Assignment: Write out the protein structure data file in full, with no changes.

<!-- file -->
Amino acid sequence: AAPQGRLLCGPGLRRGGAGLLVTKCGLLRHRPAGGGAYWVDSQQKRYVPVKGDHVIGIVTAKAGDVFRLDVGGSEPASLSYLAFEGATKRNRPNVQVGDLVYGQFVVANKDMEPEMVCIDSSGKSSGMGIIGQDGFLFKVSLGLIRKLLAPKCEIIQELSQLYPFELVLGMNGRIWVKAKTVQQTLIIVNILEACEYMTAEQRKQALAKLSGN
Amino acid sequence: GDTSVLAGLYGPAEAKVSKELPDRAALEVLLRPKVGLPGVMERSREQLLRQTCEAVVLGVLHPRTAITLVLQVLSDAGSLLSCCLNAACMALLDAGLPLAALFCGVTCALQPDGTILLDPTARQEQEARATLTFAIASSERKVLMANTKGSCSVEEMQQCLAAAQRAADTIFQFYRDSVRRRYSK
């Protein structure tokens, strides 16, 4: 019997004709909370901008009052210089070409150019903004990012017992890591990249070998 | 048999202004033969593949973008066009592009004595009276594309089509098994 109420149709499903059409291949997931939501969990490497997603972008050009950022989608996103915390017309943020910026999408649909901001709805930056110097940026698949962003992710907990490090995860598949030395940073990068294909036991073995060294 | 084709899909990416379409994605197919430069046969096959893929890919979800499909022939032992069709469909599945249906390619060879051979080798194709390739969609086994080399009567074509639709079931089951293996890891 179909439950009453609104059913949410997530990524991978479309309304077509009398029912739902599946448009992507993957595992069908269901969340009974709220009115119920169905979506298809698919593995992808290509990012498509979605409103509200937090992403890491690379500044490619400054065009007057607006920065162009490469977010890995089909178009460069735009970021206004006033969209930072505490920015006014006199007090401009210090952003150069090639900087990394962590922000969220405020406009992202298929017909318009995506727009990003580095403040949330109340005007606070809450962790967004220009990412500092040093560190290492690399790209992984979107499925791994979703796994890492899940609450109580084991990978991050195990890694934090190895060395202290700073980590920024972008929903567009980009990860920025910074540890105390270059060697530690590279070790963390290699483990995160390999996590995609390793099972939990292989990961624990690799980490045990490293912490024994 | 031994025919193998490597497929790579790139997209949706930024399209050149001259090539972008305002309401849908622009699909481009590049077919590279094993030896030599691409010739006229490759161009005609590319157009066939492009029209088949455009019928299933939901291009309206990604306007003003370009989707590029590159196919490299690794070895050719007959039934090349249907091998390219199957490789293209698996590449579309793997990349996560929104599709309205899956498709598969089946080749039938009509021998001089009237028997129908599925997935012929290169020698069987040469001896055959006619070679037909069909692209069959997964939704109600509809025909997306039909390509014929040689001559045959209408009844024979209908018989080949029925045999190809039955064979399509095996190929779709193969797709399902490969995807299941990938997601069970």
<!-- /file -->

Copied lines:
Amino acid sequence: AAPQGRLLCGPGLRRGGAGLLVTKCGLLRHRPAGGGAYWVDSQQKRYVPVKGDHVIGIVTAKAGDVFRLDVGGSEPASLSYLAFEGATKRNRPNVQVGDLVYGQFVVANKDMEPEMVCIDSSGKSSGMGIIGQDGFLFKVSLGLIRKLLAPKCEIIQELSQLYPFELVLGMNGRIWVKAKTVQQTLIIVNILEACEYMTAEQRKQALAKLSGN
Amino acid sequence: GDTSVLAGLYGPAEAKVSKELPDRAALEVLLRPKVGLPGVMERSREQLLRQTCEAVVLGVLHPRTAITLVLQVLSDAGSLLSCCLNAACMALLDAGLPLAALFCGVTCALQPDGTILLDPTARQEQEARATLTFAIASSERKVLMANTKGSCSVEEMQQCLAAAQRAADTIFQFYRDSVRRRYSK
């Protein structure tokens, strides 16, 4: 019997004709909370901008009052210089070409150019903004990012017992890591990249070998 | 048999202004033969593949973008066009592009004595009276594309089509098994 109420149709499903059409291949997931939501969990490497997603972008050009950022989608996103915390017309943020910026999408649909901001709805930056110097940026698949962003992710907990490090995860598949030395940073990068294909036991073995060294 | 084709899909990416379409994605197919430069046969096959893929890919979800499909022939032992069709469909599945249906390619060879051979080798194709390739969609086994080399009567074509639709079931089951293996890891 179909439950009453609104059913949410997530990524991978479309309304077509009398029912739902599946448009992507993957595992069908269901969340009974709220009115119920169905979506298809698919593995992808290509990012498509979605409103509200937090992403890491690379500044490619400054065009007057607006920065162009490469977010890995089909178009460069735009970021206004006033969209930072505490920015006014006199007090401009210090952003150069090639900087990394962590922000969220405020406009992202298929017909318009995506727009990003580095403040949330109340005007606070809450962790967004220009990412500092040093560190290492690399790209992984979107499925791994979703796994890492899940609450109580084991990978991050195990890694934090190895060395202290700073980590920024972008929903567009980009990860920025910074540890105390270059060697530690590279070790963390290699483990995160390999996590995609390793099972939990292989990961624990690799980490045990490293912490024994 | 031994025919193998490597497929790579790139997209949706930024399209050149001259090539972008305002309401849908622009699909481009590049077919590279094993030896030599691409010739006229490759161009005609590319157009066939492009029209088949455009019928299933939901291009309206990604306007003003370009989707590029590159196919490299690794070895050719007959039934090349249907091998390219199957490789293209698996590449579309793997990349996560929104599709309205899956498709598969089946080749039938009509021998001089009237028997129908599925997935012929290169020698069987040469001896055959006619070679037909069909692209069959997964939704109600509809025909997306039909390509014929040689001559045959209408009844024979209908018989080949029925045999190809039955064979399509095996190929779709193969797709399902490969995807299941990938997601069970």